Daniélou’s selectivity in his treatment of the world of sadhus may have personal reasons. Toward the end of the preface he seems to give a portrait of himself and his guru, Swāmī Karpātrī. The self-reference appears when he explains that “sadhus employ lay agents who receive an initiation and acquire limited knowledge. Their task is to expand – when it is regarded as useful – certain concepts to ameliorate the conditions of the present world and offer solutions to the problems of humanity” (17). This statement coincides with the way Daniélou considered his own life after returning to Europe: he had something to transmit, but he always refused to be taken as a guru. On the other hand he emphasized the negative aspects of the new tendencies in India after independence in 1947, since these tendencies did not aim at recapturing the traditional teachings of sanātana dharma handed down from generation to generation over millennia, but rather at implanting European institutions on the Asian subcontinent in the conviction that this transformation was part of an evolutionary process. It is precisely at this point that Daniélou mentions the appearance of certain “emissaries of the world of sadhus who organize cultural, religious and even political movements” (18). This description does justice to the following epithet applied to Swāmī Karpātrī: sanātanadharmoddhārakāḥ, “the reorganizer of the eternal religion” (19), since it emphasizes the multifaceted nature of this man who was not only a sannyasin, but also a learned sage – among other things culturally engaged in a very polemical restoration process taking place in modern India. Needless to say, it is a great challenge for anyone who wants to venture into the heritage of such a character to find an unprejudiced way of dealing with a very complex background and a still more complex history of effects surrounding a topic that cannot be treated only by means of a textual reduction or a biased political position from the very beginning, since such attitudes very often contribute to obscure the subject rather than shed precious light upon it.
When it comes to evaluating Daniélou’s treatment of the sadhus, one should not forget his analysis of the monastic communities and orders in India contained in the fifth part of his book While the Gods Play. There he provides his own interpretation of the Rigvedic keśīn as a Shivaitic vrātya [excluded from society]and traces a continuity between this figure and some Sadhu sects that appeared at a later period, for example the Pāśupatas, the Kāpālikas and the Kālāmukhas. At the same time he connects the world of the Shivaitic sadhus with some practices that became very controversial (and sometimes even distorted beyond the point of recognition) in the Western reception of Hinduism: Tantric ceremonies, bhāṅg consumption, Siddha yoga and ritualized sex as a way of approaching the divine. The treatment of sadhus in While the Gods Play is also peculiar inasmuch as Daniélou also deals with issues like human sacrifices within the frame of a general economy of creation (20) (something that may shock the modern Western mentality) and the relationship between love and death from the perspective of a theory of passages (especially among the Kāpālikas). It demands not only an unprejudiced attitude on the part of the reader, but also the ability to go beyond the fixed patterns of feeling and understanding that constitute the dominant mentality in the Western world of today.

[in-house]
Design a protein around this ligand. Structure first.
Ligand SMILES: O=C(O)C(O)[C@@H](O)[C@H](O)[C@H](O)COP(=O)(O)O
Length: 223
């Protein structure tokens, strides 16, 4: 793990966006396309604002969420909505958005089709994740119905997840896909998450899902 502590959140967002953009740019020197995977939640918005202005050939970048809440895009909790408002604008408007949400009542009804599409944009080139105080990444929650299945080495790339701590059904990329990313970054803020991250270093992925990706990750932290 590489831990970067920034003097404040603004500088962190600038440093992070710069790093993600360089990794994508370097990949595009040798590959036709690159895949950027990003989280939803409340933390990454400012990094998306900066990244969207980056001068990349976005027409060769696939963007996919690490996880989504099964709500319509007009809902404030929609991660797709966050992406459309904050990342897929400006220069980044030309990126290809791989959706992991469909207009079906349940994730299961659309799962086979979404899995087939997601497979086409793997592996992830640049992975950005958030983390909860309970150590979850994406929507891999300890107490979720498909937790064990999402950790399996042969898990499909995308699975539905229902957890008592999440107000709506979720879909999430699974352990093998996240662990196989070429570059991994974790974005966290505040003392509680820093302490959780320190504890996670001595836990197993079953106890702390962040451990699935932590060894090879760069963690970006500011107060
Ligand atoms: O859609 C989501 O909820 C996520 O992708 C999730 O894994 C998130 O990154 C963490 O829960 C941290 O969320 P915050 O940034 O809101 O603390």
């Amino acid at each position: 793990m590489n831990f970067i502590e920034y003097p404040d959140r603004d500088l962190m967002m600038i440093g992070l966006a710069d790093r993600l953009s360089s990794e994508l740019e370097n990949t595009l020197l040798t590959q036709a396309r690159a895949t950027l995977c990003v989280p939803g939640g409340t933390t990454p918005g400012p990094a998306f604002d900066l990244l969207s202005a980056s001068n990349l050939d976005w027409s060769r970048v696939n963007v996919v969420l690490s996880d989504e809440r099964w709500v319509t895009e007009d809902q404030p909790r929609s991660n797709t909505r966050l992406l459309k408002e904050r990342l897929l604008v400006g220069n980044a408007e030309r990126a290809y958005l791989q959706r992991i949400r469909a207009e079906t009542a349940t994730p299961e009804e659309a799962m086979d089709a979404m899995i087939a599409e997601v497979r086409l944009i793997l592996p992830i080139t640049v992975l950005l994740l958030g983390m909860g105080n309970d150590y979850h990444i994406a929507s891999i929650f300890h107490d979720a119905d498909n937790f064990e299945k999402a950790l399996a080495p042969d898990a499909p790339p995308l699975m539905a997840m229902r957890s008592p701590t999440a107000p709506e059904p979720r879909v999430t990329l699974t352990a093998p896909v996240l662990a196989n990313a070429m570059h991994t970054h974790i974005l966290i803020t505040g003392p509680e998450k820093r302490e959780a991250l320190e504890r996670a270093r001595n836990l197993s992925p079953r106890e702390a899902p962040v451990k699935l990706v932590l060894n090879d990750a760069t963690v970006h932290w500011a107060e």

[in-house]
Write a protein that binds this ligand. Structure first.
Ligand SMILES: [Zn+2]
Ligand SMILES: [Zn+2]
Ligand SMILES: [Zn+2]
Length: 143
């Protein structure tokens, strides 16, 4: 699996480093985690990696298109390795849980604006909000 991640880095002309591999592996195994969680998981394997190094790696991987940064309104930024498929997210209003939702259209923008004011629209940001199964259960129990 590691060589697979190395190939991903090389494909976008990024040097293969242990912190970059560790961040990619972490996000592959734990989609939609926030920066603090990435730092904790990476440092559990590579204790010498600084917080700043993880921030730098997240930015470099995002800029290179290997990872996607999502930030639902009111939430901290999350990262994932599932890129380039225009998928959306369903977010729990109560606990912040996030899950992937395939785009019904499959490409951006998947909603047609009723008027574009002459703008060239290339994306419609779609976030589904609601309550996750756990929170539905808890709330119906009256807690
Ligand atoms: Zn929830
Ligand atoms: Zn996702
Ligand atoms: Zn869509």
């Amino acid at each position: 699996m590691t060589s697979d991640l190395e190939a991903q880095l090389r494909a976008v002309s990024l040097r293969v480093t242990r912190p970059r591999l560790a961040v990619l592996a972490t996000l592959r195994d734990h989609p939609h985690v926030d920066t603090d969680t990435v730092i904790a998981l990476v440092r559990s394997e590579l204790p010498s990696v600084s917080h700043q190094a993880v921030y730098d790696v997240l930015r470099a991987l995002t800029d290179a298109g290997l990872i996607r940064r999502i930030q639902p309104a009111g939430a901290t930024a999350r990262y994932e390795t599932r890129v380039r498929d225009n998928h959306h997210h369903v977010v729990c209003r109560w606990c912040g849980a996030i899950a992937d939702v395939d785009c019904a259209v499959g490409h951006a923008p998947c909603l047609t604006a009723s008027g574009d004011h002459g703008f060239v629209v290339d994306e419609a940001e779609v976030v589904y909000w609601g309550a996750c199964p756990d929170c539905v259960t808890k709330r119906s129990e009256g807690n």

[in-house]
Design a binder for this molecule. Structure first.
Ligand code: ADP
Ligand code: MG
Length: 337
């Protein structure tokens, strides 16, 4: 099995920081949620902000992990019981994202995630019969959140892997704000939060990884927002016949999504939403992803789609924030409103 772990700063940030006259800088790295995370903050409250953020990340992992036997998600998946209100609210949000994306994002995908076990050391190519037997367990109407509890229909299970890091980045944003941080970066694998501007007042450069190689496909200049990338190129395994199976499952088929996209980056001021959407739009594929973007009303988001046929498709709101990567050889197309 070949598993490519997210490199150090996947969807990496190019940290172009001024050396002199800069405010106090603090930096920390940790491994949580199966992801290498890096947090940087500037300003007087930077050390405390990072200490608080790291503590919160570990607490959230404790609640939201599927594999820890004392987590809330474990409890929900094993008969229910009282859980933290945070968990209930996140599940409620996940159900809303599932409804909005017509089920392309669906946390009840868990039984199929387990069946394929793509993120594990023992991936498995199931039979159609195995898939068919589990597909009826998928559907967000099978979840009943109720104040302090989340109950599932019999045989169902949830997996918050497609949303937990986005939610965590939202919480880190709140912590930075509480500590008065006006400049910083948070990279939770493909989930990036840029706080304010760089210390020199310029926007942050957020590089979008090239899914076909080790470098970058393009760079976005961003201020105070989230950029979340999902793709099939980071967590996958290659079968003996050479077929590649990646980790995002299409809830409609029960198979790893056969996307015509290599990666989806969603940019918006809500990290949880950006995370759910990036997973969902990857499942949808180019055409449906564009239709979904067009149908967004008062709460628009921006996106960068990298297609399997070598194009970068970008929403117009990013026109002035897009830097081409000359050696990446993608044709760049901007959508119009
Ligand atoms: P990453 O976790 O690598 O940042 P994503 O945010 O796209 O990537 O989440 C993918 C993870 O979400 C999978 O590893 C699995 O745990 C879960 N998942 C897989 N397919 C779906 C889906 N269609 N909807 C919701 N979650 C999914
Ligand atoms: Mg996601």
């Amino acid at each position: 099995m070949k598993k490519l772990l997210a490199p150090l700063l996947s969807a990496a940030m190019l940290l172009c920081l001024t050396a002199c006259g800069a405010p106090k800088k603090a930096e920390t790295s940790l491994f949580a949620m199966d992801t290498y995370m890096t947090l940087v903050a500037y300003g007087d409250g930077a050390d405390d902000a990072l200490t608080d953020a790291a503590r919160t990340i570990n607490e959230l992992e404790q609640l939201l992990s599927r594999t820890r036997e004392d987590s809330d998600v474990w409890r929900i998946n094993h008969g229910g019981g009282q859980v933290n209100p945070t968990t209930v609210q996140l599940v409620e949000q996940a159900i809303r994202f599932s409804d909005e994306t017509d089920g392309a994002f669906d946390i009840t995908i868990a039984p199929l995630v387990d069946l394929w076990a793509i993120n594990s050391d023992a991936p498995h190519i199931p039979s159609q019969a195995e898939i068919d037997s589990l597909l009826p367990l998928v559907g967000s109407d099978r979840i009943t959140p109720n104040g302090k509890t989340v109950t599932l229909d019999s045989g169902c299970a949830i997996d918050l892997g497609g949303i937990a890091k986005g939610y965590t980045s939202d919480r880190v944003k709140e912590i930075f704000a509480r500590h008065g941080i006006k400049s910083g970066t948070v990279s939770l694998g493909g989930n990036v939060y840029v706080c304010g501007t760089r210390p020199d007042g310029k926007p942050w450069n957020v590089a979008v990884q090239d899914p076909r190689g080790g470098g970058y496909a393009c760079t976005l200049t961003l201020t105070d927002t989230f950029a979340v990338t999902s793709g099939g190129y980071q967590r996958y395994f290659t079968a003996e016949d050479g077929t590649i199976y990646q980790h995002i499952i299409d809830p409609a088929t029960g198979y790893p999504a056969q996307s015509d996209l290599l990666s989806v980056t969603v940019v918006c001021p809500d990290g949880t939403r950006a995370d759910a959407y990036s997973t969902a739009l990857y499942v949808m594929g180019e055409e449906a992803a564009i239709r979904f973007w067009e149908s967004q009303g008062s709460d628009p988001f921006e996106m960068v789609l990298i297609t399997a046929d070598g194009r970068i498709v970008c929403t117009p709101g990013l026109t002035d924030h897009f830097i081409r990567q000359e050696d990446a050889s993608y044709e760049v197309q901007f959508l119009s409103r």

(1) For the sake of clarity and in order to simplify our exposition, we take the novella The Cattle of the Gods, the first to be published in book form (Le Bétail des Dieux, Buchet/Castel 1962), and the collection of short stories The insane of the Gods [Les Fous des Dieux, Buchet/Castel, 1975]as a thematic unity, something that Daniélou himself did when he decided to publish both of them later on under the title The Cattle of the Gods and other Gangetic Tales [Le bétail de dieux et autres contes gangétiques, Buchet/Castel, 1983].
(2) Even if the book deals stricto sensu not only with Dionysian religion but also with Etruscan gods and Mithraic mysteries.
(3) As he declares himself in an interview reproduced in Le mystère du culte du linga.
(4) René Guénon. Le roi du monde, Paris, Gallimard, 2009, p. 68.
(5) ”If we quote M. Ossendowski and even Saint-Yves, it is only because what they said can turn out to be a starting point for considerations that have nothing to do with what the one or the other thought, but rather with something the range of which goes far beyond their individualities“ (René Guénon. Le roi du monde, p. 11).
(6) That was a point of divergence between Daniélou and Guénon, since the former provides a clearly pagan background to his treatment of the sadhus – something that enabled him to delve later on into the religious heritage of pre-Christian Europe and draw some interesting parallels –, whereas the latter insisted that initiation [dīkṣā]requires a living religious institution as the only valid support for the effectiveness of that ritual – something that led him to privilege an institution like the Roman Catholic Church over all kinds of pagan alternatives.
(7) Alain Daniélou. Le Bétail des Dieux et autres contes gangétiques, Monaco, Éditions du Rocher, 1994, p. 7.
(8) Alain Daniélou. Le Bétail des Dieux et autres contes gangétiques, Monaco, Éditions du Rocher, 1994, p. 7.
(9) […]tasya yanmaṁsamāsīt / tato’ruṇāḥ ketavo vātaraśanā ṛṣaya udatiṣṭhan.
(10) For detailed information about this topic cf. Robert Lewis Gross. The Sadhus of India: A Study of Hindu Asceticism, Jaipur: New Delhi, Rawat Publications, 1992, pp. 21-22, and further D. R. Bhandarkar. Vaisnavism, Saivism and Minor Religious Systems, Varanasi, Indological Book House, 1965, pp. 43-45 and G. S. Ghurye. Indian Sadhus, Bombay, Popular Prakshan, 1953, p. 13.
(11) Alain Daniélou. Le Bétail des Dieux et autres contes gangétiques, p. 10.
(12) We mustn’t forget the meaning of the Sanskrit root tan-, “to expand”, from which the word Tantra derives. Daniélou compares the Tantric way of realization through the inclusion of forbidden elements to the restricted Vedic and Brahmanic religiosity. This opposition dates back from Kullūka Bhaṭṭa’s dichotomy of revelatory forms: vaidika – tāntrika, as expounded in his commentary on the Mānavadharmaśāstra 2. 1.
(13) Alain Daniélou. Le Bétail des Dieux et autres contes gangétiques, p. 10.
(14) Alain Daniélou. Le Bétail des Dieux et autres contes gangétiques, p. 8.
(15) René Guénon, Le Roi du Monde, p. 13.
(16) Cf. Robert Lewis Gross, The Sadhus of India, p. 113.
(17) Alain Daniélou. Le Bétail des Dieux et autres contes gangétiques, p. 9.
(18) Alain Daniélou. Le Bétail des Dieux et autres contes gangétiques, p. 9.
(19) Gianni Pellegrini (ed.). L’uomo e il sacro in India. Svāmī Karapātrī, Venezia, VAIS, 2009, p. 11.
(20) Human sacrifices are nowadays still ascribed to some members of the Aghori sect in India. One should not forget Daniélou’s treatment of this issue in his book Gods of Love and Ecstasy: The Traditions of Shiva and Dionysos (especially pp. 168-169).